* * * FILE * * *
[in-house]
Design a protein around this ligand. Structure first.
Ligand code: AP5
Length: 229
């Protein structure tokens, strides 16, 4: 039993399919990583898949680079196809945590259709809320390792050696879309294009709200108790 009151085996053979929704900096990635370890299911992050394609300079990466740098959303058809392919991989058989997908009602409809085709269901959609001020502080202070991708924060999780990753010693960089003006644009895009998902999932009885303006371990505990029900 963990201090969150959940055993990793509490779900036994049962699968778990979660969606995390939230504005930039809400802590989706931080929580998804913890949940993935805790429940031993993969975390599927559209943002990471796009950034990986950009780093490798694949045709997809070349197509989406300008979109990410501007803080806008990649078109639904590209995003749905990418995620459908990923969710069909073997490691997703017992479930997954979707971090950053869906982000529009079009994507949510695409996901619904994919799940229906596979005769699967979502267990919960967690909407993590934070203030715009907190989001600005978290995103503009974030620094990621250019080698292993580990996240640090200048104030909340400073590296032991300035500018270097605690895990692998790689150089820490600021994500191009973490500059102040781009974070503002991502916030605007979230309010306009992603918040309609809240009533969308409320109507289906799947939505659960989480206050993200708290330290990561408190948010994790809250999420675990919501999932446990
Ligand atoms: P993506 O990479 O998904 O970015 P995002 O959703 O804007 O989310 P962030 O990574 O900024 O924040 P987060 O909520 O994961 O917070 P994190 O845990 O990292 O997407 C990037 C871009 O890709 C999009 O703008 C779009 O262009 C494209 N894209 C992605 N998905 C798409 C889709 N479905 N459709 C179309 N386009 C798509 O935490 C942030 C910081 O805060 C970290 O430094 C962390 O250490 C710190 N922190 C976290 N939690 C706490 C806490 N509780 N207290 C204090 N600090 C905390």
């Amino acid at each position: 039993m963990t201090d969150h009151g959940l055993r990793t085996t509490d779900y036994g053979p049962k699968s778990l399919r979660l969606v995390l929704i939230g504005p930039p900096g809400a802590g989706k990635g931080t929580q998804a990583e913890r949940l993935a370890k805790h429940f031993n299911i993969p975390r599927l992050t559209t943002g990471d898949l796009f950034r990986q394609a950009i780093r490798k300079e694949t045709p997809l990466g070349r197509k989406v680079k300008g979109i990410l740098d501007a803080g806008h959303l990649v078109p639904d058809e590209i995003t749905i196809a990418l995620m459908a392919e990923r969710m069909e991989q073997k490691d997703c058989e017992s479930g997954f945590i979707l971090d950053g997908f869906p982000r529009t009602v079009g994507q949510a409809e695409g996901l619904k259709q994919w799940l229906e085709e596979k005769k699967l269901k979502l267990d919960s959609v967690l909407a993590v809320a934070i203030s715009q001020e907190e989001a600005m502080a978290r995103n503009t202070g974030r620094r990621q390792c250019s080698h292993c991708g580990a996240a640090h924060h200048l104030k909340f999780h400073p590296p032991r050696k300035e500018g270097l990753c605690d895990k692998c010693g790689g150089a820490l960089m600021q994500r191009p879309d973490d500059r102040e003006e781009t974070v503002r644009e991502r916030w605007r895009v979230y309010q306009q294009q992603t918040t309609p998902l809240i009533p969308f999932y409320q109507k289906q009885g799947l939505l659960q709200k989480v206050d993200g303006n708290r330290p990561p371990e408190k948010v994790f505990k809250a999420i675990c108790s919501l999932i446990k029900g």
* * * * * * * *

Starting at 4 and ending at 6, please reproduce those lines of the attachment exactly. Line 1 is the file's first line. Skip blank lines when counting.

Length: 229
């Protein structure tokens, strides 16, 4: 039993399919990583898949680079196809945590259709809320390792050696879309294009709200108790 009151085996053979929704900096990635370890299911992050394609300079990466740098959303058809392919991989058989997908009602409809085709269901959609001020502080202070991708924060999780990753010693960089003006644009895009998902999932009885303006371990505990029900 963990201090969150959940055993990793509490779900036994049962699968778990979660969606995390939230504005930039809400802590989706931080929580998804913890949940993935805790429940031993993969975390599927559209943002990471796009950034990986950009780093490798694949045709997809070349197509989406300008979109990410501007803080806008990649078109639904590209995003749905990418995620459908990923969710069909073997490691997703017992479930997954979707971090950053869906982000529009079009994507949510695409996901619904994919799940229906596979005769699967979502267990919960967690909407993590934070203030715009907190989001600005978290995103503009974030620094990621250019080698292993580990996240640090200048104030909340400073590296032991300035500018270097605690895990692998790689150089820490600021994500191009973490500059102040781009974070503002991502916030605007979230309010306009992603918040309609809240009533969308409320109507289906799947939505659960989480206050993200708290330290990561408190948010994790809250999420675990919501999932446990
Ligand atoms: P993506 O990479 O998904 O970015 P995002 O959703 O804007 O989310 P962030 O990574 O900024 O924040 P987060 O909520 O994961 O917070 P994190 O845990 O990292 O997407 C990037 C871009 O890709 C999009 O703008 C779009 O262009 C494209 N894209 C992605 N998905 C798409 C889709 N479905 N459709 C179309 N386009 C798509 O935490 C942030 C910081 O805060 C970290 O430094 C962390 O250490 C710190 N922190 C976290 N939690 C706490 C806490 N509780 N207290 C204090 N600090 C905390």